Baroque period[edit]

The study of the occult arts remained widespread in the universities across Europe up until the Disenchantment period of the 17th Century. At the peak of the witch trials, there was a certain danger to be associated with witchcraft or sorcery, and most learned authors take pains to clearly renounce the practice of forbidden arts. Thus, Agrippa while admitting that natural magic is the highest form of natural philosophy unambiguously rejects all forms of ceremonial magic (goetia or necromancy). Indeed, the keen interest taken by intellectual circles in occult topics provided one driving force that enabled the witchhunts to endure beyond the Renaissance and into the 18th century.[citation needed] As the intellectual mainstream in the early 18th century ceased to believe in witchcraft, the witch trials subsided almost instantaneously.[citation needed]

List of authors[edit]

Renaissance authors writing on occult or magical topics include:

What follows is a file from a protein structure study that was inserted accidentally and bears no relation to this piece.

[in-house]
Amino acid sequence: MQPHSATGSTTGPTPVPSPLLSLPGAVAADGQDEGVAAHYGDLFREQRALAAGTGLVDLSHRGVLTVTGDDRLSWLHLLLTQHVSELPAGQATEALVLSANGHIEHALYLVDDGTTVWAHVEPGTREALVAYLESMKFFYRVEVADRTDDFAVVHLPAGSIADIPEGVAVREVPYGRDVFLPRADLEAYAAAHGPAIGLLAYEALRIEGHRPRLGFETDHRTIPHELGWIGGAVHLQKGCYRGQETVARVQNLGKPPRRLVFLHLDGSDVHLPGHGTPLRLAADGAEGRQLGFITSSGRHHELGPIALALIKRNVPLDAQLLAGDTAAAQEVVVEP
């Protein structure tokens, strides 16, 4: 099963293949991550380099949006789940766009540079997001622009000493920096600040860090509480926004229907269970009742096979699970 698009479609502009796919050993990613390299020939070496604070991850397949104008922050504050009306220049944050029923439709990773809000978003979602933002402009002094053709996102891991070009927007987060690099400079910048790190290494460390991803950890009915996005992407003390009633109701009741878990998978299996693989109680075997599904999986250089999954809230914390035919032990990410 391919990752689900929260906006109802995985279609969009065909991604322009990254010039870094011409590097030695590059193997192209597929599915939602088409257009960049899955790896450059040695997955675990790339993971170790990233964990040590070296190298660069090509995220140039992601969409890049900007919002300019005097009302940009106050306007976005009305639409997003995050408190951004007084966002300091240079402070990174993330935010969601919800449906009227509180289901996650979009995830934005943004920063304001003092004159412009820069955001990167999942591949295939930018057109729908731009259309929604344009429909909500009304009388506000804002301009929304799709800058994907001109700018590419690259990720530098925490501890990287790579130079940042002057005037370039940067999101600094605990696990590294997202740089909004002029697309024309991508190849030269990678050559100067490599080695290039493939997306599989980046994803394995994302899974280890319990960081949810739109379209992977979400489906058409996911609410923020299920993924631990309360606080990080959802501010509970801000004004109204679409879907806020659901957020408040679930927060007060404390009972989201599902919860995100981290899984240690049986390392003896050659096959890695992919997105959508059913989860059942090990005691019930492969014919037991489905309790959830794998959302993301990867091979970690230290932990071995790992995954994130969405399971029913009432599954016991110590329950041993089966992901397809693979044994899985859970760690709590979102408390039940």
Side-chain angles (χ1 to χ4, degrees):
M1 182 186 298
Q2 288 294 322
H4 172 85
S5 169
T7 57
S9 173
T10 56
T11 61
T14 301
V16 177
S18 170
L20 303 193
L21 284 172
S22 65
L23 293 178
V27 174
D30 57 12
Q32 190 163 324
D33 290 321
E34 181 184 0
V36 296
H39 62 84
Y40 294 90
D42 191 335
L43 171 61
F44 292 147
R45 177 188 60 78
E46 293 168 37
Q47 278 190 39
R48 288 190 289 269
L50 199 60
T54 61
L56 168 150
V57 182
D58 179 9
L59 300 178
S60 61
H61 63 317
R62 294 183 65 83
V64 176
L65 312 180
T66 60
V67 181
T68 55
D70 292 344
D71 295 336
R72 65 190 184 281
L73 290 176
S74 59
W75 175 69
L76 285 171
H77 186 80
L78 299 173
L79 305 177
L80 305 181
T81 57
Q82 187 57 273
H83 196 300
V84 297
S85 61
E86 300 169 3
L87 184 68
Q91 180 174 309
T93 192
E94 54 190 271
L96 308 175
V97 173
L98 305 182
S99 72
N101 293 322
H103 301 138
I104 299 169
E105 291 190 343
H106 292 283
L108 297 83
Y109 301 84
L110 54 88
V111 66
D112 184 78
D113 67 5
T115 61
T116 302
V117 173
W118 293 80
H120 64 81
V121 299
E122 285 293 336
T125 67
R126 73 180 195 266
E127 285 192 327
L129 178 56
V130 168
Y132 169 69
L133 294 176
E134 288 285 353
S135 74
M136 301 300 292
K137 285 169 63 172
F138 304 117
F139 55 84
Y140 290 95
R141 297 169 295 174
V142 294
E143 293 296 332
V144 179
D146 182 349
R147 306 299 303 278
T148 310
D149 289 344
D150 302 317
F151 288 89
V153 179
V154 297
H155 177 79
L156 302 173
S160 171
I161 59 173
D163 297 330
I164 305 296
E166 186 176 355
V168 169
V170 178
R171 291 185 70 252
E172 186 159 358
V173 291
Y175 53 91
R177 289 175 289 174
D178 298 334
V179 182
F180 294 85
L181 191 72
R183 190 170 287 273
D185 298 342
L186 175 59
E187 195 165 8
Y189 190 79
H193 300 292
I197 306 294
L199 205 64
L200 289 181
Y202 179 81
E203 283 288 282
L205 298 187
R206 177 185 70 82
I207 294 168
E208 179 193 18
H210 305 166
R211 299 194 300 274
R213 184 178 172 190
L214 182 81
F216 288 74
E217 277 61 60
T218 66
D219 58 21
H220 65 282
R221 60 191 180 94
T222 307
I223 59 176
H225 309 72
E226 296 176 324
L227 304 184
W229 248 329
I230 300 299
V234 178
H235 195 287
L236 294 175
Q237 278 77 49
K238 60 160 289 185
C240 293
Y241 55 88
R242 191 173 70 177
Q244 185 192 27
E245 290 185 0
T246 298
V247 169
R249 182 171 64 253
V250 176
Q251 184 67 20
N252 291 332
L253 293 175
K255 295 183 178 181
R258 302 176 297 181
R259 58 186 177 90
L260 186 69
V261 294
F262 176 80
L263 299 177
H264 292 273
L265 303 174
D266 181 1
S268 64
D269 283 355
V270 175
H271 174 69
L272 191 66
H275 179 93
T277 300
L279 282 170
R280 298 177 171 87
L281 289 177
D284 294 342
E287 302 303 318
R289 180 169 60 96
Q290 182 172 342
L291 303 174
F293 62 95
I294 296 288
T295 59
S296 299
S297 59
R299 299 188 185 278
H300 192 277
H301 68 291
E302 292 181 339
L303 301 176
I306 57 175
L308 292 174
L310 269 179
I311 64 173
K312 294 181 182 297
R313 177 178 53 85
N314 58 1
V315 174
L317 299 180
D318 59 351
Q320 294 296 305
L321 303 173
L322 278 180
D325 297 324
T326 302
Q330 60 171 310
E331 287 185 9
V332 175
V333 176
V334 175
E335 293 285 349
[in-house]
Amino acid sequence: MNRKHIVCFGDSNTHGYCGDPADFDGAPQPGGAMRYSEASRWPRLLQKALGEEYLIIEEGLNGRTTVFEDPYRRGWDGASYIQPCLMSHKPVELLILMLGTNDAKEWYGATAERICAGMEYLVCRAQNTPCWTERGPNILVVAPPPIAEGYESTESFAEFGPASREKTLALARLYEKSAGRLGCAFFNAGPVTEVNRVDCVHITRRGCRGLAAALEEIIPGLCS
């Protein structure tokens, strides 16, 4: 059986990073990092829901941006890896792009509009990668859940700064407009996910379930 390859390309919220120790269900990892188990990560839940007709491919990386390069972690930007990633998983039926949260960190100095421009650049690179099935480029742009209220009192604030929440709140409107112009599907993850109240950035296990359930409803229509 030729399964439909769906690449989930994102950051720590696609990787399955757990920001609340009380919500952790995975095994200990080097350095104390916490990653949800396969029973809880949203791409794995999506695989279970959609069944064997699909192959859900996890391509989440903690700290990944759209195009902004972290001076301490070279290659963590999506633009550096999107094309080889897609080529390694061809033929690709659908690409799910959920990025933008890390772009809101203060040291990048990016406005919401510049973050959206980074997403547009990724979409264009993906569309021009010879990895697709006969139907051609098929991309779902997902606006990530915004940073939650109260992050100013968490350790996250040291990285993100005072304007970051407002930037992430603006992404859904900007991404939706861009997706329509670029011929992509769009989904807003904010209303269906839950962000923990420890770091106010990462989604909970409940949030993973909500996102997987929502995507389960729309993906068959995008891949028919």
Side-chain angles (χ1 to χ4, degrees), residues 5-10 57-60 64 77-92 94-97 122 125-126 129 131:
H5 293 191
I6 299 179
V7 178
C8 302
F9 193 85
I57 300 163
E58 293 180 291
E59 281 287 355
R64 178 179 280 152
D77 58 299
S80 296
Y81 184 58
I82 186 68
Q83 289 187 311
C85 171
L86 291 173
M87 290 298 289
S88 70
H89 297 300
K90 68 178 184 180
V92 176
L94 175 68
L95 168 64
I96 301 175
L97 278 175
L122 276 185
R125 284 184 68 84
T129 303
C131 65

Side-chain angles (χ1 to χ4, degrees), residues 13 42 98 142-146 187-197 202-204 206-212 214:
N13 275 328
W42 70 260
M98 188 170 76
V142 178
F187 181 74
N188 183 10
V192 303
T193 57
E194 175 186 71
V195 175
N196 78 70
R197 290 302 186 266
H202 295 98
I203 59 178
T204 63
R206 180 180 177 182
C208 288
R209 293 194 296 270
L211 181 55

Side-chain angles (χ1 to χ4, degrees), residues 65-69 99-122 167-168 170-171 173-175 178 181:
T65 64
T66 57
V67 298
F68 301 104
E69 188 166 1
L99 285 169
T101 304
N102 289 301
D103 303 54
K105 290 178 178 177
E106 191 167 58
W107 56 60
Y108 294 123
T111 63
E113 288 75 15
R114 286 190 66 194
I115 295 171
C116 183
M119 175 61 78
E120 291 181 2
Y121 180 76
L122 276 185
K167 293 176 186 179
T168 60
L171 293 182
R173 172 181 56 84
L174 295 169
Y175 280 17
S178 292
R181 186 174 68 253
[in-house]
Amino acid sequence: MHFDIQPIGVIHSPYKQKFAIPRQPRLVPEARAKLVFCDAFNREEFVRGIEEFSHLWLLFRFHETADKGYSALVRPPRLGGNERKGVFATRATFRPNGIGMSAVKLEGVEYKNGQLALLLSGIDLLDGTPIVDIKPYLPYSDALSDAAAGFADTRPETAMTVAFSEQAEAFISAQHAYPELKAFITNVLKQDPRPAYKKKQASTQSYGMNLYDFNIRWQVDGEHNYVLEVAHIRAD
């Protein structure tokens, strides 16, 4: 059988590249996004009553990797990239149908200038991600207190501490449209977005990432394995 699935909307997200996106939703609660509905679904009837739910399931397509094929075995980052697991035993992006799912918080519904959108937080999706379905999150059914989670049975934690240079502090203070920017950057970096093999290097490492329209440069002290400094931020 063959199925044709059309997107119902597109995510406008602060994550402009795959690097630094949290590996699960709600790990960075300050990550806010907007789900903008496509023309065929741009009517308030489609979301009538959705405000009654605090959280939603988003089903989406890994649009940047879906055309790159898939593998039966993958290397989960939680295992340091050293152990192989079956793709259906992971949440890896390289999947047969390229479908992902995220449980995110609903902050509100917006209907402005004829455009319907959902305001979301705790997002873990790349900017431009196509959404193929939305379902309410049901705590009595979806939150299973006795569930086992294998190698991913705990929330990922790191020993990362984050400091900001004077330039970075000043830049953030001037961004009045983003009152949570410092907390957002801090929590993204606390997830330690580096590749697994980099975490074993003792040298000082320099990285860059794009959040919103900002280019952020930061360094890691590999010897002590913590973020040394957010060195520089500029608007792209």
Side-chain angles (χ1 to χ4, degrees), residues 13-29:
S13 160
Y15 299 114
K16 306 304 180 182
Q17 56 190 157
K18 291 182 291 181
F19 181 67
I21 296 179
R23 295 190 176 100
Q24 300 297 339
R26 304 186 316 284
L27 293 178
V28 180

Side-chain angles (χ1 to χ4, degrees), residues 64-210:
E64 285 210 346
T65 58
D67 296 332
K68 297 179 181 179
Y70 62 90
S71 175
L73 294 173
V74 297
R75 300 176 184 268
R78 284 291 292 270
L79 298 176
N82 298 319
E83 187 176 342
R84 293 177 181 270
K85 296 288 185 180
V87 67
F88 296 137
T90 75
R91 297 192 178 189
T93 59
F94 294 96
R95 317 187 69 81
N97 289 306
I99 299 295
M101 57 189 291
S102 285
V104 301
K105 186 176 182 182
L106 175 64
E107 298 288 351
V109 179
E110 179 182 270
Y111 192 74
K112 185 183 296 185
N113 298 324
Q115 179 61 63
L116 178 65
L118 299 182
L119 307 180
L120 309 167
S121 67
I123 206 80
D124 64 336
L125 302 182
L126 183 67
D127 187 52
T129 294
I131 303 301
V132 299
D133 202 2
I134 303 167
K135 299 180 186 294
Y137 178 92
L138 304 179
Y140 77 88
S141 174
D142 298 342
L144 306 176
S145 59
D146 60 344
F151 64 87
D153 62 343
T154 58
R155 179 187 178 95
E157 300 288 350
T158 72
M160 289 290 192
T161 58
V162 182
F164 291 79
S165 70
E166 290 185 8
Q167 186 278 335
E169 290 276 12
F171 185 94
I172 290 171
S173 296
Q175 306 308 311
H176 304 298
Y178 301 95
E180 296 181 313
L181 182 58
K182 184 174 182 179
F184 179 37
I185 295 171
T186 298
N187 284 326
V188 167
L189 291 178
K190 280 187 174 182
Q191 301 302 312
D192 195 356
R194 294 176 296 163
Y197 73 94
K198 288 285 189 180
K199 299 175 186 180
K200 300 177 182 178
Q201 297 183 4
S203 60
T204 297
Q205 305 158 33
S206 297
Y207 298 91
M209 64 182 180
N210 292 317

Late Middle Ages to early Renaissance
Renaissance and Reformation
Baroque period

See also[edit]

Literature[edit]

  • Kurt Benesch, Magie der Renaissance (1985). ISBN 3-921695-91-0.
  • Norman Cohn, Europe's Inner Demons: The Demonization of Christians in Medieval Christendom, University Of Chicago Press (2001). ISBN 978-0-226-11307-4.
  • Heiser, James D., Prisci Theologi and the Hermetic Reformation in the Fifteenth Century, Repristination Press (2011). ISBN 978-1-4610-9382-4.
  • Nauert, Charles G. Agrippa and the Crisis of Renaissance Thought. Urbana: University of Illinois Press (1965).
  • Ruickbie, Leo, Faustus: The Life and Times of a Renaissance Magician. The History Press (2009). ISBN 978-0-7509-5090-9
  • Szonyi, Gyorgy E., John Dee's Occultism: Magical Exaltation Through Powerful Signs, S U N Y Series in Western Esoteric Traditions, State University of New York Press (2005). ISBN 978-0-7914-6223-2.

Sources[edit]

  1. ^ Renaissance Magic & the Return of the Golden Age, John S. Membane